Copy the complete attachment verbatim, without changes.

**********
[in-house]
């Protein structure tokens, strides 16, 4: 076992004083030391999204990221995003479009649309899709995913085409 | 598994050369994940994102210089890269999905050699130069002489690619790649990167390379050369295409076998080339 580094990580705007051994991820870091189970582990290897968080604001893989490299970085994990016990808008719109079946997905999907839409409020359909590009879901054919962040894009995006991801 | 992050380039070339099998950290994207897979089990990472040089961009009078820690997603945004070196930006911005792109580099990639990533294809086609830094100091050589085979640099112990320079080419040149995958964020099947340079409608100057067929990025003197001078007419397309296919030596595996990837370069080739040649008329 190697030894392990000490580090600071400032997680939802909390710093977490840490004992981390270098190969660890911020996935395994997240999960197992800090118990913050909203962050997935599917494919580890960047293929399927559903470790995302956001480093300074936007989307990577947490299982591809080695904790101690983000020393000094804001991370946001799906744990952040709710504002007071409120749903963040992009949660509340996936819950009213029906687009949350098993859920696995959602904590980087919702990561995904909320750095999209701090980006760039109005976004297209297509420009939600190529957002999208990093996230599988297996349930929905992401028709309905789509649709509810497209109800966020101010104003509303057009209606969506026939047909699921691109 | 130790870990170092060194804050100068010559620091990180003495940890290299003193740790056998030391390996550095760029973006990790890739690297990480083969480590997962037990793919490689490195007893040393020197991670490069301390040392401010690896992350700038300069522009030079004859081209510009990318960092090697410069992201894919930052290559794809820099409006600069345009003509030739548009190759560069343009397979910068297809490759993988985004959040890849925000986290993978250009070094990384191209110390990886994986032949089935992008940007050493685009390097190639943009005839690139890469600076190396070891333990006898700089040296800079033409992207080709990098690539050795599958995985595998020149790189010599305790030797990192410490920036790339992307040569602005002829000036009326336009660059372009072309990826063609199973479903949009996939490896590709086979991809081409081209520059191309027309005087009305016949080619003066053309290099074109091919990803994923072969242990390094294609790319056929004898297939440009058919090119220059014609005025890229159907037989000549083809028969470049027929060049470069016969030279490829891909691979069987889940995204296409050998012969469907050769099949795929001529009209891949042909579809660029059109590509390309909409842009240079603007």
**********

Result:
[in-house]
């Protein structure tokens, strides 16, 4: 076992004083030391999204990221995003479009649309899709995913085409 | 598994050369994940994102210089890269999905050699130069002489690619790649990167390379050369295409076998080339 580094990580705007051994991820870091189970582990290897968080604001893989490299970085994990016990808008719109079946997905999907839409409020359909590009879901054919962040894009995006991801 | 992050380039070339099998950290994207897979089990990472040089961009009078820690997603945004070196930006911005792109580099990639990533294809086609830094100091050589085979640099112990320079080419040149995958964020099947340079409608100057067929990025003197001078007419397309296919030596595996990837370069080739040649008329 190697030894392990000490580090600071400032997680939802909390710093977490840490004992981390270098190969660890911020996935395994997240999960197992800090118990913050909203962050997935599917494919580890960047293929399927559903470790995302956001480093300074936007989307990577947490299982591809080695904790101690983000020393000094804001991370946001799906744990952040709710504002007071409120749903963040992009949660509340996936819950009213029906687009949350098993859920696995959602904590980087919702990561995904909320750095999209701090980006760039109005976004297209297509420009939600190529957002999208990093996230599988297996349930929905992401028709309905789509649709509810497209109800966020101010104003509303057009209606969506026939047909699921691109 | 130790870990170092060194804050100068010559620091990180003495940890290299003193740790056998030391390996550095760029973006990790890739690297990480083969480590997962037990793919490689490195007893040393020197991670490069301390040392401010690896992350700038300069522009030079004859081209510009990318960092090697410069992201894919930052290559794809820099409006600069345009003509030739548009190759560069343009397979910068297809490759993988985004959040890849925000986290993978250009070094990384191209110390990886994986032949089935992008940007050493685009390097190639943009005839690139890469600076190396070891333990006898700089040296800079033409992207080709990098690539050795599958995985595998020149790189010599305790030797990192410490920036790339992307040569602005002829000036009326336009660059372009072309990826063609199973479903949009996939490896590709086979991809081409081209520059191309027309005087009305016949080619003066053309290099074109091919990803994923072969242990390094294609790319056929004898297939440009058919090119220059014609005025890229159907037989000549083809028969470049027929060049470069016969030279490829891909691979069987889940995204296409050998012969469907050769099949795929001529009209891949042909579809660029059109590509390309909409842009240079603007």